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Loyola environmental biology faculty and students research coastal ecosystems

Loyola press release - May 6, 2010

The crisis in the Gulf of Mexico has many experts concerned the oil spill will deal a devastating blow to fragile coastal ecosystems still recovering from Hurricane Katrina. Loyola University New Orleans environmental biology faculty and members of the Center for Environmental Communication have extensive research experience in the areas affected by the spill and engage students in ongoing state-of-the-art research to study how emergency situations such as this could affect them.

Loyola biologists have numerous ongoing research projects throughout coastal Louisiana and Gulf Coast states, including the Mississippi River delta, Lake Pontchartrain, coastal wetlands and the Florida panhandle. In all of these studies, faculty researchers have not only established long-term projects that are providing the critical research needed to understand these ecosystems, but also know how they function and what is needed for their restoration. Working with these faculty, Loyola undergraduate students participate in cutting-edge research that ultimately results in the production of honors theses and publications and can lead to their development as professional environmental biologists.

“We are focused on involving undergraduate students in being full team members in this nationally competitive research,” said Craig Hood, Ph.D., professor of biology and chair of the biology department. “Whereas other universities tend to focus on training graduate students, we engage undergraduates to give them transformative experiences. Every Loyola student can potentially have a truly outstanding environmental experience here.”

Some of the ongoing research projects include:

  • David White, Ph.D., professor of biology, and his students have worked for more than 25 years on understanding the productivity ecological processes of succession and plant community ecology in the interior marshes of the Mississippi River delta. Their research reveals the important biological processes shaping productive freshwater marshes and the long-term data that is vital to tracking and restoring the coastal zone. White and his students have also worked for more than 30 years on describing and understanding the community structure and diversityof hardwood forests along the Louisiana Gulf Coast, which are among the rarest ecosystems in the region.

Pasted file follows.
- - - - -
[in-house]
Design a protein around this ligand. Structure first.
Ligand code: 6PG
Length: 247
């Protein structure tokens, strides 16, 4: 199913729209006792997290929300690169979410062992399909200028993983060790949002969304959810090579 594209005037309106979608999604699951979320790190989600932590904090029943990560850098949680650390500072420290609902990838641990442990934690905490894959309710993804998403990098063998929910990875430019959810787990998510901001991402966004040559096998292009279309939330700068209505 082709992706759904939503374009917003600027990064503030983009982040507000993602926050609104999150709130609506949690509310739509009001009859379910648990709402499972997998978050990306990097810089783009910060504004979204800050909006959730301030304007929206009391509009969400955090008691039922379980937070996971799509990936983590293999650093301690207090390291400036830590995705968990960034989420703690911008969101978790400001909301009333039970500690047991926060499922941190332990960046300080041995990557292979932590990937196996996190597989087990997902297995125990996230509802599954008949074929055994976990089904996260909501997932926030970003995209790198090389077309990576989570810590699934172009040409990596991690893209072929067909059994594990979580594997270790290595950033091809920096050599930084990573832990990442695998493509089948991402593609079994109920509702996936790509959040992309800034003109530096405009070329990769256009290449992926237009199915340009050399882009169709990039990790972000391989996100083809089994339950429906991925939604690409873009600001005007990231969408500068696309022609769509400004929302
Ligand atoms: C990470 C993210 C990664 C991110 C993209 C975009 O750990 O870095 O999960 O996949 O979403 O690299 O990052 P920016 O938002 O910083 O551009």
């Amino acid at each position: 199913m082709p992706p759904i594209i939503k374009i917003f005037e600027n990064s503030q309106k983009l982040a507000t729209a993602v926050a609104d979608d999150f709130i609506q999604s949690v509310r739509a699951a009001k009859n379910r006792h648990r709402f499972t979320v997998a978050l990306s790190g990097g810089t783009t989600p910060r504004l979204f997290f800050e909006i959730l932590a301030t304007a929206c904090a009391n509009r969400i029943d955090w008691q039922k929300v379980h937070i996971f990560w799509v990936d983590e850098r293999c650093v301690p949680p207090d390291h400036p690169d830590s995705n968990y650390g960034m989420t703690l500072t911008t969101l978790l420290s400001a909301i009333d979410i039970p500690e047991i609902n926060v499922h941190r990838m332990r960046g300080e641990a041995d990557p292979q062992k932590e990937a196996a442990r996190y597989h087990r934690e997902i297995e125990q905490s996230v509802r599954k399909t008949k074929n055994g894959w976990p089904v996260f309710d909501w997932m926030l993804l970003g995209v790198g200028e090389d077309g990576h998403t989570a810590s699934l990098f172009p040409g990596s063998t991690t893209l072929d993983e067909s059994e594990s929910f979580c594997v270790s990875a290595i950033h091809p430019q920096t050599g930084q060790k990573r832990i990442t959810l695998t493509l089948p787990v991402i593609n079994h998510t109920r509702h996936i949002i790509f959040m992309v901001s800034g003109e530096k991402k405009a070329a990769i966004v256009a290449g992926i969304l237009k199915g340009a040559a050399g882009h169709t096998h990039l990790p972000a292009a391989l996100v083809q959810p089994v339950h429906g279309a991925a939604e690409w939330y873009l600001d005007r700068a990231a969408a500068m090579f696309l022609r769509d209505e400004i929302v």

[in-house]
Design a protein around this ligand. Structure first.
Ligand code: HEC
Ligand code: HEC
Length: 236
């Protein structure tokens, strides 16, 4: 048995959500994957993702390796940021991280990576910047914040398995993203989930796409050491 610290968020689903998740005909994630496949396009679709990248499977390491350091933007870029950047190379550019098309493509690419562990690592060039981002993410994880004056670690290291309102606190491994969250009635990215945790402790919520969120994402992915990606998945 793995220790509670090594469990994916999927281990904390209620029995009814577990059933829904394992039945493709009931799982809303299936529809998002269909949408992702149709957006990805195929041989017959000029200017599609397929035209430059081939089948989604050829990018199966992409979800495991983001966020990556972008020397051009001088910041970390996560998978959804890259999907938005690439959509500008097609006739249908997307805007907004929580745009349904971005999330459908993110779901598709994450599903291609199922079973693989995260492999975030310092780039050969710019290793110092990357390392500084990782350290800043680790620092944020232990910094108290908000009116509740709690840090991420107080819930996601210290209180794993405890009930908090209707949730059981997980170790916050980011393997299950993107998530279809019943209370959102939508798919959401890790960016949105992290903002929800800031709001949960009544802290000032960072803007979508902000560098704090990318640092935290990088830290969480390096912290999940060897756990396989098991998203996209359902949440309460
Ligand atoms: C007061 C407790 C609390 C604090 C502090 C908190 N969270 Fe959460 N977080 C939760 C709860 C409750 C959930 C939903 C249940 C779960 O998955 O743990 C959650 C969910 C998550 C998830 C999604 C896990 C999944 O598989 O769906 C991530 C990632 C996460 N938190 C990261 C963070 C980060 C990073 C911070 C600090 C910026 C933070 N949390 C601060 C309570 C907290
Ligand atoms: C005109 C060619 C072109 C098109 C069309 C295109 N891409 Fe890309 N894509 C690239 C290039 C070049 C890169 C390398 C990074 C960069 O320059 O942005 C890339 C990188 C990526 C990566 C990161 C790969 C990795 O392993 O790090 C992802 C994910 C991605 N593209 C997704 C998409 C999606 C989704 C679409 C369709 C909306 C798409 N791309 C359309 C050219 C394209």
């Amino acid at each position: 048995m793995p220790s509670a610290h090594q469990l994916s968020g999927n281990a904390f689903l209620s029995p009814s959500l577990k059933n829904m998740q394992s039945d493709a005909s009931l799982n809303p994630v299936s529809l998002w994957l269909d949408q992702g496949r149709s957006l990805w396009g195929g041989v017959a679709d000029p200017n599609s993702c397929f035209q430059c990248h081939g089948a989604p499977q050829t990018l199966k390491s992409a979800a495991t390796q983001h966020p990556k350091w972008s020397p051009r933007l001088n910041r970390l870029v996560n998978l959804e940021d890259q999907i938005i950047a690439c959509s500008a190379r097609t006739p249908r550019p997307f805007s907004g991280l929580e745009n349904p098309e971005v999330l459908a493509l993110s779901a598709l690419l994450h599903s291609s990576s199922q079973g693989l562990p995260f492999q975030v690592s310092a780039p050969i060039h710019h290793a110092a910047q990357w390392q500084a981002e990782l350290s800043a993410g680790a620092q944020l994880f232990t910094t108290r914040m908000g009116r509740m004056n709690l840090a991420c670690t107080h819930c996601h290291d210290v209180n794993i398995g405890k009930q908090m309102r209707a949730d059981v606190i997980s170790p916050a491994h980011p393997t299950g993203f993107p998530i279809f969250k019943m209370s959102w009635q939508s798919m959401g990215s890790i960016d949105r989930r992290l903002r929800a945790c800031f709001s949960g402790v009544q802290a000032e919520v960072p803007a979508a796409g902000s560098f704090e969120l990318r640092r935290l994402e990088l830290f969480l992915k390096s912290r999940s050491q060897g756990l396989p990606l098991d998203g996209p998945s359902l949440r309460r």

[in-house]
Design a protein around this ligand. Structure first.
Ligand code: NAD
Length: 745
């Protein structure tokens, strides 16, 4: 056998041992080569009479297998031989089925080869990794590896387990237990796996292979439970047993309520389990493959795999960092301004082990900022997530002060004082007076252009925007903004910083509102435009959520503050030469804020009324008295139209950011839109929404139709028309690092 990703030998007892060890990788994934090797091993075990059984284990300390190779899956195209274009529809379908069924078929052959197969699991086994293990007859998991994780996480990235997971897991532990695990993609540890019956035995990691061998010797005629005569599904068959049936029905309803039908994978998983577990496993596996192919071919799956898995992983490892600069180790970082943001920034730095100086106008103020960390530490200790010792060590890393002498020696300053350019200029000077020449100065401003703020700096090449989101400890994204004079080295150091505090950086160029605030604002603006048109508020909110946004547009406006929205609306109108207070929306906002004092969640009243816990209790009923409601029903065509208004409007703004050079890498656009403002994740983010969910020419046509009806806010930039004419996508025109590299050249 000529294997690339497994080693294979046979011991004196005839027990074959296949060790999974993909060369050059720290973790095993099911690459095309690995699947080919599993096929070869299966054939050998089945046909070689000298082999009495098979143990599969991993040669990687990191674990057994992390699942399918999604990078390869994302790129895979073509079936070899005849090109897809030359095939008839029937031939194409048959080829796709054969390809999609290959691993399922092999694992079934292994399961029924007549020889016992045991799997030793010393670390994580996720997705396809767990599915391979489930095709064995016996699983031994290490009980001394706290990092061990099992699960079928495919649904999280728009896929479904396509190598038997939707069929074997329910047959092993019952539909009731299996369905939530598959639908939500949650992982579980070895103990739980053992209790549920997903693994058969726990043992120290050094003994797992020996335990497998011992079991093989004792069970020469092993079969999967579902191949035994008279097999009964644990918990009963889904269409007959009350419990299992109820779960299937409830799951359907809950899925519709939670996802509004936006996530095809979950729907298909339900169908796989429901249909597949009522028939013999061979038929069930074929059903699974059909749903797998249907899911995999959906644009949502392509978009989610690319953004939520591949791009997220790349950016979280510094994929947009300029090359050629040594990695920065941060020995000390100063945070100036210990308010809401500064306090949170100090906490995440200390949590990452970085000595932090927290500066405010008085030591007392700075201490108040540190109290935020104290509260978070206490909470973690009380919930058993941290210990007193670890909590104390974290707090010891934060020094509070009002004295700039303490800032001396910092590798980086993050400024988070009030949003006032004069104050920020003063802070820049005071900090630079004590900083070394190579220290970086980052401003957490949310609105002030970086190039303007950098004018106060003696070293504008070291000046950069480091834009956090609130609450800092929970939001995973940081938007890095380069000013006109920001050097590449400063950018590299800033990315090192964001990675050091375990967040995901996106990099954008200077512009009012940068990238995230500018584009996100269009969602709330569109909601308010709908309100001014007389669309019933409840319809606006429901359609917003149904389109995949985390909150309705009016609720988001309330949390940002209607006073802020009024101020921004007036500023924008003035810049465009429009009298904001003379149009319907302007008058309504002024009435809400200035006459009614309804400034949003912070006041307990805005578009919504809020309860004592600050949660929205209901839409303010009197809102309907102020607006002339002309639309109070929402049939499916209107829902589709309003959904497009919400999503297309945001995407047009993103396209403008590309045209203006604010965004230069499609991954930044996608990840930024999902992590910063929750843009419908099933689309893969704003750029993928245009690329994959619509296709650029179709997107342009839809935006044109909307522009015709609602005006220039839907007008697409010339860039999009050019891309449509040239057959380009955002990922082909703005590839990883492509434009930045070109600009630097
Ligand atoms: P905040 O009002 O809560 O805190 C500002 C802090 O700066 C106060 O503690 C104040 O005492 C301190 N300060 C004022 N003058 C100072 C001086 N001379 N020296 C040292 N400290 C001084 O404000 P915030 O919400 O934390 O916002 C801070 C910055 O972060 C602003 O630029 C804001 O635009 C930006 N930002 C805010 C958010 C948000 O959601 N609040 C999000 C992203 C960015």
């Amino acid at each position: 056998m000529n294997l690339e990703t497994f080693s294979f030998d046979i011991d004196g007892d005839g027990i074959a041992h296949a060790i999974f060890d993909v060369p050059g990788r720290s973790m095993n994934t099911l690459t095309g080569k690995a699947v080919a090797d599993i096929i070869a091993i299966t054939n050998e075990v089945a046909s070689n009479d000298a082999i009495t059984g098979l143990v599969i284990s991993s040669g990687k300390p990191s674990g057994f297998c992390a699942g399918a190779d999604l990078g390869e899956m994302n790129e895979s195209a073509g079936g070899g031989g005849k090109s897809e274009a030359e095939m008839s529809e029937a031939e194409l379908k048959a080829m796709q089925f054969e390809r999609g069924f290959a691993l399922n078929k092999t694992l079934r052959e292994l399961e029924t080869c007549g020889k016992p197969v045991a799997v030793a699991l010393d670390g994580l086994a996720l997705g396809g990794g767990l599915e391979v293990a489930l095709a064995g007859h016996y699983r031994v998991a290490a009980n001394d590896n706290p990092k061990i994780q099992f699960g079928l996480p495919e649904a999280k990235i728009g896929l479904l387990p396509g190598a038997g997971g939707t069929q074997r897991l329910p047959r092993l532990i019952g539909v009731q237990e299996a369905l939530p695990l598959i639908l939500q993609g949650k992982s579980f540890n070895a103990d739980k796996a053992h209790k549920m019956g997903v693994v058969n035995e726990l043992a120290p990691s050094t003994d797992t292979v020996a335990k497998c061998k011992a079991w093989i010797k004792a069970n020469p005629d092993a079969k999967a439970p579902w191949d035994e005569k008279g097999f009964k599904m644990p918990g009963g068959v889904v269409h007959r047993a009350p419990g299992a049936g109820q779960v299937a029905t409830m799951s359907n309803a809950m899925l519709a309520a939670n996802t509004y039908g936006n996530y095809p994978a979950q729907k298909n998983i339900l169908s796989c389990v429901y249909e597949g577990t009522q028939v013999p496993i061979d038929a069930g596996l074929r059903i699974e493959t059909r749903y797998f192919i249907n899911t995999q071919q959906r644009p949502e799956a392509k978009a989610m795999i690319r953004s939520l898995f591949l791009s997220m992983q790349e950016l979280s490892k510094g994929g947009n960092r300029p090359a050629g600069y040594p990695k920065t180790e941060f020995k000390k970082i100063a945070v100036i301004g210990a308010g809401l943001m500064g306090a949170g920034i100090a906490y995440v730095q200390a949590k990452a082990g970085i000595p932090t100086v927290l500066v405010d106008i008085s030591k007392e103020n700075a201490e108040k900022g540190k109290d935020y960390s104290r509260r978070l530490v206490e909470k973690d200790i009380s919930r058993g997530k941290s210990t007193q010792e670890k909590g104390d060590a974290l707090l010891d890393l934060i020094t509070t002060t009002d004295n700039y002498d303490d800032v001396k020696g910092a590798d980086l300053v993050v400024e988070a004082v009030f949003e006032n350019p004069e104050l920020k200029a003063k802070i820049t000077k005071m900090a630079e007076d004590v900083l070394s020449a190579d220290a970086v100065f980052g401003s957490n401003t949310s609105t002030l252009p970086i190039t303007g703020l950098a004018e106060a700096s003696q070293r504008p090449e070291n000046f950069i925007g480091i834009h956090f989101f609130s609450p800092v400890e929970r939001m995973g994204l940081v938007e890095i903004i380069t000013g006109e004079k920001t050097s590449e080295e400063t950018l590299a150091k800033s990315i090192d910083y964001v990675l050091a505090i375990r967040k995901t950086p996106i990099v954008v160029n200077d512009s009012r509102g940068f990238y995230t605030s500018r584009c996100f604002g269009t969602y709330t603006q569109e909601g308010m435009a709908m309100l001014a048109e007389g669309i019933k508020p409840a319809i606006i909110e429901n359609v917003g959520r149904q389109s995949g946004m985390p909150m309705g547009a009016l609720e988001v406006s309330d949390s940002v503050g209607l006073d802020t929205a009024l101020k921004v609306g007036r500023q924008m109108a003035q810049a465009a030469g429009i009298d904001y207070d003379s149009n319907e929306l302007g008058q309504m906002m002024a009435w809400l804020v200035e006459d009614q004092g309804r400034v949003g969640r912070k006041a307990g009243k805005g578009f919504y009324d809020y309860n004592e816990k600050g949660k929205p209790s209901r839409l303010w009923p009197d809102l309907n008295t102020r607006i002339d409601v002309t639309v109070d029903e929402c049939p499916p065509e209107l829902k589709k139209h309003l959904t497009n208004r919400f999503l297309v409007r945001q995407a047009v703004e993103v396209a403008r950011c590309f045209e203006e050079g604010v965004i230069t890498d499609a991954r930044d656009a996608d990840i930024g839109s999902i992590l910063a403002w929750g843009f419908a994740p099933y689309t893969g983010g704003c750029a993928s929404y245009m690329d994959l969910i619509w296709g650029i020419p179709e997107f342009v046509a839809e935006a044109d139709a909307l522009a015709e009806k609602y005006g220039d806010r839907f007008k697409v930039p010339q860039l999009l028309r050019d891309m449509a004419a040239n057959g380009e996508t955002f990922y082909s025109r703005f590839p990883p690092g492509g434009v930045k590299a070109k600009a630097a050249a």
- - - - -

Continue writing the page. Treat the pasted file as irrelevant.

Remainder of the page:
• James Wee, Ph.D., the Provost Distinguished Professor of Biology, and his research students are studying the diversity, biology and ecology of microbes of the Lake Pontchartrain estuary and coastal Louisiana. Their studies, which have documented new species in the estuary, have led to establishing long-term monitoring of the algal flora of this important ecosystem.
  • Hood and his research students are engaged in ongoing studies to understand the mammals inhabiting the forests, swamps and marshes of the Barataria Preserve of Jean Lafitte National Park. Their studies are not only providing the first baseline data to understand mammal ecology of the Park, but also of coastal ecosystems of Louisiana.
  • Hood, White and Don Hauber, Ph.D., professor of biology,and their research students have worked for more than 20 years to understand the genetics, ecology and invasion biology of roseau cane (Phragmites australis) throughout the Gulf Coast, especially in the marshes of the Mississippi River delta.
  • Frank Jordan, Ph.D., professor of biology, and his research students are studying the fish communities associated with the interior marshes of the Mississippi River delta. Their research is revealing the important species interactions that are vital to successful freshwater marshes. Jordan and students have also worked for more than 20 years on the ecology of the Okaloosa Darter, an endangered fish inhabiting some rivers in the Florida Panhandle. The long-term study has provided critical data to understanding the ecology of this endangered species.

  • Paul Barnes, Ph.D.,the Rev. John H. Mullahy, S.J., Endowed Chair in Environmental Biology, and his students are researching the decomposition processes in the marshes of the Barataria Preserve of Jean Lafitte National Park. Their studies are providing critical data to understand the ecosystem functions and the effects of climate change of a major habitat found throughout coastal Louisiana.

In the Center for Environmental Communication, Chair Robert A. Thomas, Ph.D., is a frequent contributor to local, national and international media outlets on environmental issues, including the oil spill, and trains environmental journalists and stakeholders to stimulate clear and accurate public discussion on the environment. The center is also in its 11th year of a program that welcomes a diverse group of professionals for evening sessions to discuss issues of vital environmental importance to the region and nation.

For more information about the many environmental research opportunities at Loyola, contact Hood at chood@loyno.edu or call 504-865-2193. For more information on the Center for Environmental Communication, contact Thomas at 504-865-2107 or rathomas@loyno.edu.

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